Royal reporters approached Buckingham Palace for comment on the Prince Michael of Kent situation over the weekend, and BP refused to comment… on the record. The story broke on Saturday that the Times of London had done an investigative sting operation where journalists posed as a foreign business, and they sought Prince Michael’s “help” with massaging business deals in Russia. Michael and his business partner boasted of their close access to Vladimir Putin’s regime and indicated that Michael was something of Her Majesty’s roving ambassador to Russia. Russia, which is still under huge sanctions for their authoritarian state and more.
So, Buckingham Palace won’t comment on the record, but royal sources will point out that Michael is not a full-time working royal, and that his consulting-firm business has been well-known for decades. There are no “blind-sided the palace” or “how could he even dream of being half-in, half-out” stories, which… that speaks volumes to me. Prince Michael lives in Kensington Palace in a spacious apartment, represents the Queen on some-odd 100 engagements a year and receives royal protection. And the palace is just shrugging and ignoring this mess.
Although he is not a working royal and does not receive income from the Sovereign Grant — a status that effectively forces him to earn a crust as a ‘business consultant’ — Prince Michael does still carry out regular engagements on behalf of Her Majesty. His personal website suggests that in a typical year he makes 100 official appearances ‘for charities and other non-profit organisations’, plus ‘a further 245 a year for Royal Family, diplomatic, military or Masonic functions’.
In the months before the Covid lockdown, he appeared in the Court Circular representing the Crown at events to celebrate Remembrance Day, along with Trooping the Colour, a Royal Garden Party and a State banquet attended by (then) U.S. President Donald Trump. Prince Michael is, in other words, at least a peripheral member of the Firm who (while pursuing a career) simultaneously retains significant perks and privileges, such as occasional police protection and the right to sometimes stay at British embassies while abroad, including on trips to Russia.
What’s more, unlike Prince Harry, who was forced to surrender royal and military patronages before he was allowed to pursue a commercial career, he has been allowed to keep several honorific roles. Michael is, for example, patron of dozens of charities and trade bodies, from Battersea Dogs Home to the Institute Of The Motor Industry. He also boasts five honorary military positions, including as Senior Colonel of the Kings Royal Hussars, whose troops have (rather ironically) spent the past two years in Estonia, where they are supposed to be NATO’s first line of defence against a potential Russian invasion of Europe.
To hold such posts while seeking lobbying work as what Lord Reading described as a ‘friend of Russia’ is at best awkward, and at worst a catastrophic error of judgment. Some might argue that it also undermines Britain’s national interest, and, therefore, places the Royal Family in a deeply awkward position.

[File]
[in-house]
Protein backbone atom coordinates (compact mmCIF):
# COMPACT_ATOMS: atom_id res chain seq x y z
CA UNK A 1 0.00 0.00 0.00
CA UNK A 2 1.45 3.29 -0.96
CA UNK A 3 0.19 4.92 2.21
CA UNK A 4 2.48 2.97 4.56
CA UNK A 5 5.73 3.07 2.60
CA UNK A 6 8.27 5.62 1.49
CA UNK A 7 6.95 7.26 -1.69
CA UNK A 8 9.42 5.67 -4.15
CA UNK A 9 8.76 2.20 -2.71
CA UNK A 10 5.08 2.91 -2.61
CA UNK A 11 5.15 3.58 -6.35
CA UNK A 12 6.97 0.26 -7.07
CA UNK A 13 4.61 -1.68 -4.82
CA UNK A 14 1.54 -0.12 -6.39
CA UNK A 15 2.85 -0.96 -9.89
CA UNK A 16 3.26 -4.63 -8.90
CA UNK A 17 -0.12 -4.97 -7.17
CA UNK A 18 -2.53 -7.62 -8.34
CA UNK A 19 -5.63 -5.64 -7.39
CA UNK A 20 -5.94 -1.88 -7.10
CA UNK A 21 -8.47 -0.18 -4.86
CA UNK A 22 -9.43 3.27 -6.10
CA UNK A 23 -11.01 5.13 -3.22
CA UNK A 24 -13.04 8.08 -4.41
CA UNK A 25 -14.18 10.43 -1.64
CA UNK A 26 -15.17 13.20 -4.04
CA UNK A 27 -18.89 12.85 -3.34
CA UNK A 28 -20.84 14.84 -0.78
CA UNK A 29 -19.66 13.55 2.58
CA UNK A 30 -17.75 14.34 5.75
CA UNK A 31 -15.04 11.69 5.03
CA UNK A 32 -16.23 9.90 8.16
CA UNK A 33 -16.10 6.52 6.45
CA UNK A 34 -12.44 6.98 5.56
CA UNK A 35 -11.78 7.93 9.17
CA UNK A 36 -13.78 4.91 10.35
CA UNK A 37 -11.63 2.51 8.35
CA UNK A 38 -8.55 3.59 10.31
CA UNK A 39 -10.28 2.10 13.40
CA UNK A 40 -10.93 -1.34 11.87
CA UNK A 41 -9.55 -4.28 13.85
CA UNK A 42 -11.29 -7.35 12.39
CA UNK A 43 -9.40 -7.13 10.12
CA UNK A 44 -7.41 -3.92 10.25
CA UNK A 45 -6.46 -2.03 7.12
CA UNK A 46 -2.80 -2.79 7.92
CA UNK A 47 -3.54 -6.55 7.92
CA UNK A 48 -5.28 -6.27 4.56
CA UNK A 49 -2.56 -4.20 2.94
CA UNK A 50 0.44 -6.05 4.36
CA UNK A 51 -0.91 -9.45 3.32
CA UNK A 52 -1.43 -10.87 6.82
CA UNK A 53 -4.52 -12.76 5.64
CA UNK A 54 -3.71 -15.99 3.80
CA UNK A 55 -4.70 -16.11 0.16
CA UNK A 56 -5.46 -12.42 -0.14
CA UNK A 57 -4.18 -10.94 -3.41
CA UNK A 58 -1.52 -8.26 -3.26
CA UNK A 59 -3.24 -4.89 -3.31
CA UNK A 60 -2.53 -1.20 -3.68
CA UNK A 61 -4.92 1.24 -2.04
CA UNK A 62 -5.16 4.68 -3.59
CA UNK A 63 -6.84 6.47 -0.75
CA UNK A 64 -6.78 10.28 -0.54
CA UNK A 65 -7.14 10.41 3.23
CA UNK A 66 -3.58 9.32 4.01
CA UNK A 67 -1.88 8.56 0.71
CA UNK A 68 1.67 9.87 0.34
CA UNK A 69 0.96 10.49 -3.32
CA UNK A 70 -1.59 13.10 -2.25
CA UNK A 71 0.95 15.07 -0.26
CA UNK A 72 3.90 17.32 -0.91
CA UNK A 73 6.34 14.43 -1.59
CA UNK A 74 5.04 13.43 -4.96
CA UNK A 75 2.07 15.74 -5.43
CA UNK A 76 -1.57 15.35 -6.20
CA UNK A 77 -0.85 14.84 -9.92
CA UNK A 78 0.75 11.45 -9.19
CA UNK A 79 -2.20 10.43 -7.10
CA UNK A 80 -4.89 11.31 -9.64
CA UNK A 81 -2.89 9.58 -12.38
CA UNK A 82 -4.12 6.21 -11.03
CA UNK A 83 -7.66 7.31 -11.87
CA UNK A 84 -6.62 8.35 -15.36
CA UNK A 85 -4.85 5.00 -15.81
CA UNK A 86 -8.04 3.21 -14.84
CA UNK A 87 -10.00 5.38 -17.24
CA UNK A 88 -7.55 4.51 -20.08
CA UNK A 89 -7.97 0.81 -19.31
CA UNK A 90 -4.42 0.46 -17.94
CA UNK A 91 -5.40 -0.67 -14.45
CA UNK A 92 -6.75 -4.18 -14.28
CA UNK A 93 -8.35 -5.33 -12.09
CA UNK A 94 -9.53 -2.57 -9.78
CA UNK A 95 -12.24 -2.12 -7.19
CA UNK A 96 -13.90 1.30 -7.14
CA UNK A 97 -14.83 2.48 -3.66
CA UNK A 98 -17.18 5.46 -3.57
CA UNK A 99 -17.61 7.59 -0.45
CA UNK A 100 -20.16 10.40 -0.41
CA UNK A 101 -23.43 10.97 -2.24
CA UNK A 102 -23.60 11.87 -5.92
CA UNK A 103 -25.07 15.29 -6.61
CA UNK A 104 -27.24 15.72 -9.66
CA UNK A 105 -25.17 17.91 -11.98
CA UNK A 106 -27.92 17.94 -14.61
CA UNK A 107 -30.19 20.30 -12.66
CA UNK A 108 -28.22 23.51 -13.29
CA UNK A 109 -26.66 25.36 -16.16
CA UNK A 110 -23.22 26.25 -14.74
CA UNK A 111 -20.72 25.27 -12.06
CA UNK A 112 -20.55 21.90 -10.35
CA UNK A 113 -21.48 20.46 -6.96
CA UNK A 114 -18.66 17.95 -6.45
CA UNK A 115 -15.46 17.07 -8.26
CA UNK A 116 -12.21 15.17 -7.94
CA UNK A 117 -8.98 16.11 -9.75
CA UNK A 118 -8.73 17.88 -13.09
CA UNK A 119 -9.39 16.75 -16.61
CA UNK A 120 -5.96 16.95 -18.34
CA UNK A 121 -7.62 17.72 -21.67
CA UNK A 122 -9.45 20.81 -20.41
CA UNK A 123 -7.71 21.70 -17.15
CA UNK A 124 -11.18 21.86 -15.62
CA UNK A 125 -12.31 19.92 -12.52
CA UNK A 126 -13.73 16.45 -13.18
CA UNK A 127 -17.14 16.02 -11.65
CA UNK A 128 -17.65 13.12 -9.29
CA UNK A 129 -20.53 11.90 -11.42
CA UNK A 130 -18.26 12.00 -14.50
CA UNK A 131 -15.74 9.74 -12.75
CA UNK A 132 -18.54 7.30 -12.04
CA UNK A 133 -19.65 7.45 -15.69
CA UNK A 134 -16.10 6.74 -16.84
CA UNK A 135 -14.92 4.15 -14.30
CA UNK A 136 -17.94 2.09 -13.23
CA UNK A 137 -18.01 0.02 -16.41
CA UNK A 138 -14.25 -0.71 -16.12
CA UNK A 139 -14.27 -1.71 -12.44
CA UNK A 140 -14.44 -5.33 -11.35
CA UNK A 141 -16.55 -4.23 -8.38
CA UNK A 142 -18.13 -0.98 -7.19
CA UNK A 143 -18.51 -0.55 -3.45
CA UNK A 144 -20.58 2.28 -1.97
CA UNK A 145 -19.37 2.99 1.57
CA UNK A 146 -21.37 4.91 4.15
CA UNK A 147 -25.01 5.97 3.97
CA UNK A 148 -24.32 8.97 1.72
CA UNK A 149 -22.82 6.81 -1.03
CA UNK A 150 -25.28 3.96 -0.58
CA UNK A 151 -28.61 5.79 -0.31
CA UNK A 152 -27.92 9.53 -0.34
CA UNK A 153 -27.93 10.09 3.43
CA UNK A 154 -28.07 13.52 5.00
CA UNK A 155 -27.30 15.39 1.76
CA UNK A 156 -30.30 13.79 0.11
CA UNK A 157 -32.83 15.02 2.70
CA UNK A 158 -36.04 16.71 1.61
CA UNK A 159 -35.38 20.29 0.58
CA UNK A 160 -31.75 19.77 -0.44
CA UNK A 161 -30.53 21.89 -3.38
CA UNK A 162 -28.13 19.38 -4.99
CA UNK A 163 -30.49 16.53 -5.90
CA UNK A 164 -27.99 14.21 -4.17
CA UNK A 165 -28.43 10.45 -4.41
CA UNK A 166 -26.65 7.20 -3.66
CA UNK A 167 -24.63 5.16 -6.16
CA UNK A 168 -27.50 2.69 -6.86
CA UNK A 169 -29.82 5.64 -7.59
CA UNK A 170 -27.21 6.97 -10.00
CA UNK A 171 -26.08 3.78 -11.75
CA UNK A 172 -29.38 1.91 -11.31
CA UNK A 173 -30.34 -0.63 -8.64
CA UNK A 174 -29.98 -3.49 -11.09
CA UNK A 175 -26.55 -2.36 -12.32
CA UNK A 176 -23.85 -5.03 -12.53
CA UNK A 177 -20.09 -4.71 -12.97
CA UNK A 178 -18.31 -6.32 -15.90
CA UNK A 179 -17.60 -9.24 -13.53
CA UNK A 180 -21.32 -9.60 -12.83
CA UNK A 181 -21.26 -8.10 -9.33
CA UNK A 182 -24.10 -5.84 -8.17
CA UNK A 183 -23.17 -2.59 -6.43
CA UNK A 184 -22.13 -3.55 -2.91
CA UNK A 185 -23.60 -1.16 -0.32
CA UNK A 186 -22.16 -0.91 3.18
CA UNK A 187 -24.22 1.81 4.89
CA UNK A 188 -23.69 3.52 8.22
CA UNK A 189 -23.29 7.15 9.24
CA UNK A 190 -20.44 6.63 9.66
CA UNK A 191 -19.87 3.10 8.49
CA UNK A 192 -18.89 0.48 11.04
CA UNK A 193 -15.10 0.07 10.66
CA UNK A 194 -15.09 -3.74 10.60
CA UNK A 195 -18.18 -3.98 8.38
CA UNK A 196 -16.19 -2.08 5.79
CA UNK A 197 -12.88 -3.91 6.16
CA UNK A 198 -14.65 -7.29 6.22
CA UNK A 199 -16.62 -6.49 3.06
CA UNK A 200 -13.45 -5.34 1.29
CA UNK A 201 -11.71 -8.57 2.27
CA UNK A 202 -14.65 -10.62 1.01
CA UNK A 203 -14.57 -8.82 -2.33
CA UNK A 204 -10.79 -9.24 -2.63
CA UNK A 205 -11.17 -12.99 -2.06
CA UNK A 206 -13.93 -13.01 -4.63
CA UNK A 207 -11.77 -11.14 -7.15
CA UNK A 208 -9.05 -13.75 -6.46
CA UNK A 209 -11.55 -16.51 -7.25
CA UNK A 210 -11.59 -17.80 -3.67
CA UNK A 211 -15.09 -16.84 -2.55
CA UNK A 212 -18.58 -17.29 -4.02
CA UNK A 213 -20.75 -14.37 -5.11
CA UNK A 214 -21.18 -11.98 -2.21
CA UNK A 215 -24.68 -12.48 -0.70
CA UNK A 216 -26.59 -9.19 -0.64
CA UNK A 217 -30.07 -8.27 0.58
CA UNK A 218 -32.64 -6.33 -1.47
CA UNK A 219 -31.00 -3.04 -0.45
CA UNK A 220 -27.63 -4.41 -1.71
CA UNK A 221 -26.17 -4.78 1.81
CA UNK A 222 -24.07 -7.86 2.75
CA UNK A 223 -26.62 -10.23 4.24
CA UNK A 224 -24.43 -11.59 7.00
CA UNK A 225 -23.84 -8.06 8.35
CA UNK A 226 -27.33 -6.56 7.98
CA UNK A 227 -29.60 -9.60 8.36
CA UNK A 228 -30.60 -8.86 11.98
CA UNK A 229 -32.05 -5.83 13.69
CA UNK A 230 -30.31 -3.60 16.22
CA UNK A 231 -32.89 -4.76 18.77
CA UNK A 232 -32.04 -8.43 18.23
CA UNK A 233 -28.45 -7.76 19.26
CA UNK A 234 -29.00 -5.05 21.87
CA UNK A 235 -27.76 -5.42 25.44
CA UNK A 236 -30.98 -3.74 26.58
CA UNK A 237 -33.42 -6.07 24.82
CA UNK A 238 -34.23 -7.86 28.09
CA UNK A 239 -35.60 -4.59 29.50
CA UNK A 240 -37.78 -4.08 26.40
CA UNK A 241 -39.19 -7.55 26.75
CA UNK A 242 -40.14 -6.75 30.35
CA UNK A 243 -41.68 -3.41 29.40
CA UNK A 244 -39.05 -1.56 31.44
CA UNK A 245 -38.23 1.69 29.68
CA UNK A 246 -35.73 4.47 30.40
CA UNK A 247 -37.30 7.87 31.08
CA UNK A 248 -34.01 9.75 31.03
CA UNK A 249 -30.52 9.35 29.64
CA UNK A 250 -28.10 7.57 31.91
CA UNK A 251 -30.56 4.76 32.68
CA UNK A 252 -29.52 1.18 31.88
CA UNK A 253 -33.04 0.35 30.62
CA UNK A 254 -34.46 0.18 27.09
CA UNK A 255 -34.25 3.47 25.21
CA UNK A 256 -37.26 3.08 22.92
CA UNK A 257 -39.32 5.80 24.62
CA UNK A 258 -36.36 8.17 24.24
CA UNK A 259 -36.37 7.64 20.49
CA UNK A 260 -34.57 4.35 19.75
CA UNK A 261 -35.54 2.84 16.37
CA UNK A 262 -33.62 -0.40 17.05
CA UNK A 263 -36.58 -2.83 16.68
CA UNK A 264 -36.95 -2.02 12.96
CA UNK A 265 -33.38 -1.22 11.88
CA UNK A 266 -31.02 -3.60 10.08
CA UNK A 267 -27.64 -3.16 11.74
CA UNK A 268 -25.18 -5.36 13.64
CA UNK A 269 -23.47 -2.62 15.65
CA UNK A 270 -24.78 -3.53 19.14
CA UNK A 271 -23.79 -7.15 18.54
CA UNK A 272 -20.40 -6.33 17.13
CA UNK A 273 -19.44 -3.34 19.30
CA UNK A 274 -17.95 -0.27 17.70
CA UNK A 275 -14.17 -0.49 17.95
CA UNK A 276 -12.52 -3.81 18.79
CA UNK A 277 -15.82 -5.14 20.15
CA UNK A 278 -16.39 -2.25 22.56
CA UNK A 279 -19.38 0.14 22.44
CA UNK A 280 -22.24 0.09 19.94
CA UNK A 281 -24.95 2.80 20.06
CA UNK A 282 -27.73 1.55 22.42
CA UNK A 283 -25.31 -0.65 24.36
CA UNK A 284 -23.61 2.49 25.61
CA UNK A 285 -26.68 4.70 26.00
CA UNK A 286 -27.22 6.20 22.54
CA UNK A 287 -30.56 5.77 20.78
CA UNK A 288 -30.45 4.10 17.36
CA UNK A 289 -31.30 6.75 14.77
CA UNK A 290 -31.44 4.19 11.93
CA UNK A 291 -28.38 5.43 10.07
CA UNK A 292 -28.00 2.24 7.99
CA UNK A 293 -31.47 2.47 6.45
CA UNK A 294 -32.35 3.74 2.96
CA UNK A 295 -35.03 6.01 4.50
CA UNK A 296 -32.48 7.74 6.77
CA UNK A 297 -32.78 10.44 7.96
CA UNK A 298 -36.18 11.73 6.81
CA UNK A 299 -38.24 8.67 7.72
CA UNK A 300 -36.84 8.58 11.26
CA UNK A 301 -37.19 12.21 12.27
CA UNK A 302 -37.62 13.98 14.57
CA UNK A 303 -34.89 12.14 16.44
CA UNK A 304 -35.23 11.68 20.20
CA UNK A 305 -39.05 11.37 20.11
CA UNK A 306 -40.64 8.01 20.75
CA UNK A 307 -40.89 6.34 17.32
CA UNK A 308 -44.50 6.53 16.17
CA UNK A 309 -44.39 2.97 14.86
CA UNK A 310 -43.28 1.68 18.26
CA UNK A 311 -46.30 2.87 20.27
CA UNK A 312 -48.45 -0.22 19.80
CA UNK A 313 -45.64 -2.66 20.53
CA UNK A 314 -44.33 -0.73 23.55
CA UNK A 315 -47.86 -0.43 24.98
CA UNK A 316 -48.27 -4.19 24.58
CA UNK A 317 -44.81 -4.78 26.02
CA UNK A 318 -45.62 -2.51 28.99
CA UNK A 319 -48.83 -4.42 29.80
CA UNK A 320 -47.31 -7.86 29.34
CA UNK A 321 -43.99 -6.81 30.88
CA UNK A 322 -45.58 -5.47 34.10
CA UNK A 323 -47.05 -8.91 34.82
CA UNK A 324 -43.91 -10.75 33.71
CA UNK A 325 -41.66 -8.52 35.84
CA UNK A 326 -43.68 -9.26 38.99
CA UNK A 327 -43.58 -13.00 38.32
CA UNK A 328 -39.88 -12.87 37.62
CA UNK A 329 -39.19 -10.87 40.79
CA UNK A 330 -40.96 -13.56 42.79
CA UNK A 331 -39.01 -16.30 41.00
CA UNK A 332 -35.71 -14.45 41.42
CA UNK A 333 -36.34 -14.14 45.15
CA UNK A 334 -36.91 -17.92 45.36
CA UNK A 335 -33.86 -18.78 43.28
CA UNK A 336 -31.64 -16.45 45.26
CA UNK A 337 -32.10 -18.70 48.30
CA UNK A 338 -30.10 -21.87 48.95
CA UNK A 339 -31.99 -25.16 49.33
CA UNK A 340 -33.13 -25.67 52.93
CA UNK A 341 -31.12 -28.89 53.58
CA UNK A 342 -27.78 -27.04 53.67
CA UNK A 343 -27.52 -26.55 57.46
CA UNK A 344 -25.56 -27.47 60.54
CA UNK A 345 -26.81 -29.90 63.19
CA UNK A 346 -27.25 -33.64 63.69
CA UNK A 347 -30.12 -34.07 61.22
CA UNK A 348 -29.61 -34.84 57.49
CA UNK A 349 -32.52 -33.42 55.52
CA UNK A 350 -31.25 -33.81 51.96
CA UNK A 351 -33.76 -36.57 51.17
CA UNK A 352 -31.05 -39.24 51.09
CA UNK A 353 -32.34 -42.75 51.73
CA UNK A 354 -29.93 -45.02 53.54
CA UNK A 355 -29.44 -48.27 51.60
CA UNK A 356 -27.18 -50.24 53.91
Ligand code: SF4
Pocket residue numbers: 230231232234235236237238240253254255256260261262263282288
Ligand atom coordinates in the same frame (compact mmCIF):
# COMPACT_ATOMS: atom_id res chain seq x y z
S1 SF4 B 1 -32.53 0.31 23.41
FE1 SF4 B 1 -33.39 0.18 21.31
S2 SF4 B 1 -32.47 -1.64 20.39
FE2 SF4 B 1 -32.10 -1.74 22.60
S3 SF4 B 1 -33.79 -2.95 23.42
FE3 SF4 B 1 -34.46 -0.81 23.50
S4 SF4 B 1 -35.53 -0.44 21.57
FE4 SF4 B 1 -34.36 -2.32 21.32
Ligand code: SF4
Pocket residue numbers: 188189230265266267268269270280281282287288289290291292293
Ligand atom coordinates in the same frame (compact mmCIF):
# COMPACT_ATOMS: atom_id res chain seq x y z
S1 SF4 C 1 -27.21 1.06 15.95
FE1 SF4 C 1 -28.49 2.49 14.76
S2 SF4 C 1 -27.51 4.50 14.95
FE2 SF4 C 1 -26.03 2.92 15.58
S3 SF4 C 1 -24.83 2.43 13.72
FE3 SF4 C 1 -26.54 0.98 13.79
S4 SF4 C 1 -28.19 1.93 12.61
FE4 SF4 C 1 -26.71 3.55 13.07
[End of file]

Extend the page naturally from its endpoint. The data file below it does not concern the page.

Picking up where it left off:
‘The Palace’s position on this is that Prince Michael isn’t a working royal, so they don’t speak for him, and vice versa, but I don’t think that is really good enough,’ said a royal insider yesterday. ‘It’s similar to what they were saying last year when [Princess Anne’s son] Peter Phillips agreed to star in a Chinese milk advert. The problem, for the Palace, is that this is way more sinister because of the sort of people he was dealing with, and the things he seemed prepared to do and say. For example, for his business partner to claim that he’s the Queen’s “unofficial ambassador” to Moscow is firstly completely untrue, and secondly a massive insult to the real British ambassador.’
Adding to the ugly whiff is the fact that Prince Michael and his associates appear to have conceded, during negotiations with the fake company, to keep his lobbying work in Russia under wraps on the basis that it would be considered unethical.
‘This is kind of slightly discreet,’ Lord Reading told the undercover reporters at one point during negotiations. ‘We’re talking relatively discreetly here because we wouldn’t want the world to know that he is seeing Putin purely for business reasons.’
Little wonder Prince Michael’s PR man Simon Astaire spent yesterday arguing that he’d done nothing wrong, saying in a statement that he barely knows President Putin (‘They last met in 2003 and he has had no contact with him or his office since then’) and arguing that he’s ‘proud of all the work he has done for UK- Russia trade’. Mr Astaire appeared to blame at least some of the kerfuffle on the Prince’s business partner Lord Reading for allegedly exaggerating the degree to which the royal was prepared to lobby Russians on behalf of a commercial client. ‘Lord Reading is a good friend, who made suggestions which Prince Michael would not have wanted, or been able, to fulfil.’
The Marquess of Reading has already dutifully fallen on his sword and issued a statement claiming that he “overpromised” and it’s all on him. The Mail then did some actual research on Michael’s consulting film company Cantium Services. Michael funnels his “consultancy work” through Cantium, and has recorded “making £2.2 million in the past five years, largely from fees. However most of that money was paid out via salaries, meaning it operated at a small loss and avoided having to pay corporation tax.” This is so shady. And yeah… Buckingham Palace doesn’t get to shrug and pretend that this isn’t happening. Michael represented the Crown during state functions, he has honorary military titles, he lives in KP and he gets taxpayer security. So hypocritical.
Photos courtesy of Avalon Red.